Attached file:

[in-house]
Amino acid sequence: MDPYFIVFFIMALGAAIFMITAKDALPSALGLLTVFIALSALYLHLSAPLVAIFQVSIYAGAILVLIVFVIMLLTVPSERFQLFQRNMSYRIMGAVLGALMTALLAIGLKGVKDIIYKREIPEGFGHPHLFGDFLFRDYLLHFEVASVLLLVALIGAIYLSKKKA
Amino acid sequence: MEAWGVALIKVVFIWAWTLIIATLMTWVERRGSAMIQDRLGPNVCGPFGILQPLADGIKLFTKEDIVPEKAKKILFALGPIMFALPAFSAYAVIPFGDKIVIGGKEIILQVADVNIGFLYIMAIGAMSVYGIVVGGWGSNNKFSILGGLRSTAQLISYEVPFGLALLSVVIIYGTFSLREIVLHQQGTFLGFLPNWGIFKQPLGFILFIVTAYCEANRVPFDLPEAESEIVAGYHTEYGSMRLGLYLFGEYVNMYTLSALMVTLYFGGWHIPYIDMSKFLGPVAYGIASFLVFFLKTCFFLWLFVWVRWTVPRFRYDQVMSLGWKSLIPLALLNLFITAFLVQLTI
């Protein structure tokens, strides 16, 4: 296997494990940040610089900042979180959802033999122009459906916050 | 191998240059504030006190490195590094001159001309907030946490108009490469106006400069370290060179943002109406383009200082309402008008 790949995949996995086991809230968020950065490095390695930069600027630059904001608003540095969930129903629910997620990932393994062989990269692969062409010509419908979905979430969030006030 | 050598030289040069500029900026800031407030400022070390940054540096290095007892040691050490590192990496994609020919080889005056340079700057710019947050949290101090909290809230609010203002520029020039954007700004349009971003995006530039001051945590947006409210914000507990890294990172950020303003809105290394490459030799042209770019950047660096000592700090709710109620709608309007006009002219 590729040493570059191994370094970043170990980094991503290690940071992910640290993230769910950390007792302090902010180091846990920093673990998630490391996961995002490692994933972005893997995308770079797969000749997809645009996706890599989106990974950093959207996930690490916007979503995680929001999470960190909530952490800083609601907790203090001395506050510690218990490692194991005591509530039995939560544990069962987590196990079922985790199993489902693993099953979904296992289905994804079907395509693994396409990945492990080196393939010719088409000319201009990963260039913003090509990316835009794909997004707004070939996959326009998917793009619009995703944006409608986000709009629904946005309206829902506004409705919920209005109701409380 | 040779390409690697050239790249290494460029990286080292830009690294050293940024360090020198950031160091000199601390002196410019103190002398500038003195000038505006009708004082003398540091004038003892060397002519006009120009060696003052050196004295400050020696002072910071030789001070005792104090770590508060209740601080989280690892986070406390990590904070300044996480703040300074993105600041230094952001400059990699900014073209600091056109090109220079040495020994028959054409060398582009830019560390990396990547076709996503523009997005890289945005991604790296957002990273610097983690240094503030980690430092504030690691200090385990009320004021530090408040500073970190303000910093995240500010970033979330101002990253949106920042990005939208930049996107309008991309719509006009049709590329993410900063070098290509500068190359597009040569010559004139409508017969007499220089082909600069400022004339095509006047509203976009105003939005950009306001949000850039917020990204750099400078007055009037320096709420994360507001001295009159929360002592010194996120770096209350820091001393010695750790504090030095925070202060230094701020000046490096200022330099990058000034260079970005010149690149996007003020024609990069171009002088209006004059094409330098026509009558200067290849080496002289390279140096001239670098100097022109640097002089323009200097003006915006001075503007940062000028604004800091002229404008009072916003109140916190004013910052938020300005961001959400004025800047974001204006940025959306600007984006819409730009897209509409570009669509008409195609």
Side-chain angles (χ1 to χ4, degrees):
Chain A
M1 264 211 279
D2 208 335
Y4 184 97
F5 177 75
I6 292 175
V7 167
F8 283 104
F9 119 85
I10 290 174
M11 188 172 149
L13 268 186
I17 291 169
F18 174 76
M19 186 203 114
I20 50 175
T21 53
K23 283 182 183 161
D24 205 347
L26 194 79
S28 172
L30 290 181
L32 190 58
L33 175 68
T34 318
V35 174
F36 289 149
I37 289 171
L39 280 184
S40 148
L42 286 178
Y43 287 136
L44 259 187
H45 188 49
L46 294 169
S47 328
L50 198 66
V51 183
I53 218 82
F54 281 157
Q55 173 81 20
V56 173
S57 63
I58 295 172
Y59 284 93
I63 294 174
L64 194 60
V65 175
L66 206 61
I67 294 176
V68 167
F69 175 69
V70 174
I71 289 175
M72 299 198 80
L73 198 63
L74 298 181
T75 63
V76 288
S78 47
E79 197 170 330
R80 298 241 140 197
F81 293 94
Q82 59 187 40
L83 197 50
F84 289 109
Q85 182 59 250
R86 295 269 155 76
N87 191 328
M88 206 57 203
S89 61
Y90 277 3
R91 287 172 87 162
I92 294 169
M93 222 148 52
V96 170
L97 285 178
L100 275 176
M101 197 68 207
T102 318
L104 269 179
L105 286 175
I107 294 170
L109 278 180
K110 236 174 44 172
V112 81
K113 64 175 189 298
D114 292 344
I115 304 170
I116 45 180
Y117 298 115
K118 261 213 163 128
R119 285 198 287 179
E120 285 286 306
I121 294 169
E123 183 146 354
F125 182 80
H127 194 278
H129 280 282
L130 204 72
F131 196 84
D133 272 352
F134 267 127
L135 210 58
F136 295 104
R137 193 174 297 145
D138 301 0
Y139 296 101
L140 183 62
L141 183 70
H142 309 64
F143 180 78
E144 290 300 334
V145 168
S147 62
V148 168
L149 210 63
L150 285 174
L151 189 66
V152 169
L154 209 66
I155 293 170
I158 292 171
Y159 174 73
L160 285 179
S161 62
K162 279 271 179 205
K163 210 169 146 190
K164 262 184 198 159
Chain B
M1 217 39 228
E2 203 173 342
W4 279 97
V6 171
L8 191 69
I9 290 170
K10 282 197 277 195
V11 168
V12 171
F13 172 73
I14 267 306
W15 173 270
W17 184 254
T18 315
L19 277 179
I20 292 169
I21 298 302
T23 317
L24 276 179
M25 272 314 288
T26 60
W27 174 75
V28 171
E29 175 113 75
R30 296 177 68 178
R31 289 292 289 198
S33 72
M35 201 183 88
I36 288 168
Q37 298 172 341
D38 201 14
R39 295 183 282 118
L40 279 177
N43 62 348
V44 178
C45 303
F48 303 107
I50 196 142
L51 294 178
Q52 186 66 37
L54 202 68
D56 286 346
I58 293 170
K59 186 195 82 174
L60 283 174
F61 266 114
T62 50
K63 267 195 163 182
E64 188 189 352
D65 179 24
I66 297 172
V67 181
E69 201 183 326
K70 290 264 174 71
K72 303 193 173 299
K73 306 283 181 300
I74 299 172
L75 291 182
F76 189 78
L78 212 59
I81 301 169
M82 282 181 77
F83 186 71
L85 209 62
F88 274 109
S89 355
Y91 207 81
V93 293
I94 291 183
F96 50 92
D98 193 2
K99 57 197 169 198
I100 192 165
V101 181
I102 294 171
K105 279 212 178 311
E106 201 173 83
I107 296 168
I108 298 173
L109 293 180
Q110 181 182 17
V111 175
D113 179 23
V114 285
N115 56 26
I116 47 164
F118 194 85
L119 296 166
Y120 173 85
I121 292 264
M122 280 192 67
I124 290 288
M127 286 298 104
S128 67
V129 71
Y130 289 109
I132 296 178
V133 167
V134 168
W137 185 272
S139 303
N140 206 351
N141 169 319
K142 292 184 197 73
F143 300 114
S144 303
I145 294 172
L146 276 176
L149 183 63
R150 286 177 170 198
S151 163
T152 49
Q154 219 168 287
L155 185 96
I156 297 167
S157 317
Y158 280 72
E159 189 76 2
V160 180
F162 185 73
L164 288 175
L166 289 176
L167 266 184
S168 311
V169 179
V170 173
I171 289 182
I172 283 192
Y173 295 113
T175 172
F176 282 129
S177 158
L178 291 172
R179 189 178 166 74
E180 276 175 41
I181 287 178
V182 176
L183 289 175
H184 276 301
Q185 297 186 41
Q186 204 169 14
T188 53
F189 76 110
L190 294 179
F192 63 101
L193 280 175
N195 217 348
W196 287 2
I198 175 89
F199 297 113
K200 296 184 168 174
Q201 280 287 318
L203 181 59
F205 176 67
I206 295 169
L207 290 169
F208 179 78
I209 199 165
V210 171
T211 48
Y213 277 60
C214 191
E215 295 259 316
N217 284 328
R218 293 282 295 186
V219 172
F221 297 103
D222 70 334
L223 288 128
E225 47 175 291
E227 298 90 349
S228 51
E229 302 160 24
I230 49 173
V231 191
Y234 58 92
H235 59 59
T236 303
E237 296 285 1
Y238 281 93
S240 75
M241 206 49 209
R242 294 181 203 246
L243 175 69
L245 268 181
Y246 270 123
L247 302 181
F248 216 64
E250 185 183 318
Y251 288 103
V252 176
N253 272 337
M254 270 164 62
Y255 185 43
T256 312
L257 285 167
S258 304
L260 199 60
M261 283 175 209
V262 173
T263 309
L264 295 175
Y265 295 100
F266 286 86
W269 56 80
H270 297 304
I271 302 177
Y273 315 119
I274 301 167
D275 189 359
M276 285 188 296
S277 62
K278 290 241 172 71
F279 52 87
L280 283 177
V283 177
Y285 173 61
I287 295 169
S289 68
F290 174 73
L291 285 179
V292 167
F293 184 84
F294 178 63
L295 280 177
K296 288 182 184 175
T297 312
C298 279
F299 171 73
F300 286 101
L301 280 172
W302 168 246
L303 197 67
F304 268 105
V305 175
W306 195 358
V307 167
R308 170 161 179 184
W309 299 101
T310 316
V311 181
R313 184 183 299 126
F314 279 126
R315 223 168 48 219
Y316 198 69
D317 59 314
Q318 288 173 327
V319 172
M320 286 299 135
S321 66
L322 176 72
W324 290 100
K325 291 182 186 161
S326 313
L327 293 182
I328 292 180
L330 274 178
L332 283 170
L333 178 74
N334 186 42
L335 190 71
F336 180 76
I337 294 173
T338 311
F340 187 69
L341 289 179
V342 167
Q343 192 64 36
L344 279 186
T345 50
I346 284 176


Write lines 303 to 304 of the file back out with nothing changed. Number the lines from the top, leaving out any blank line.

D222 70 334
L223 288 128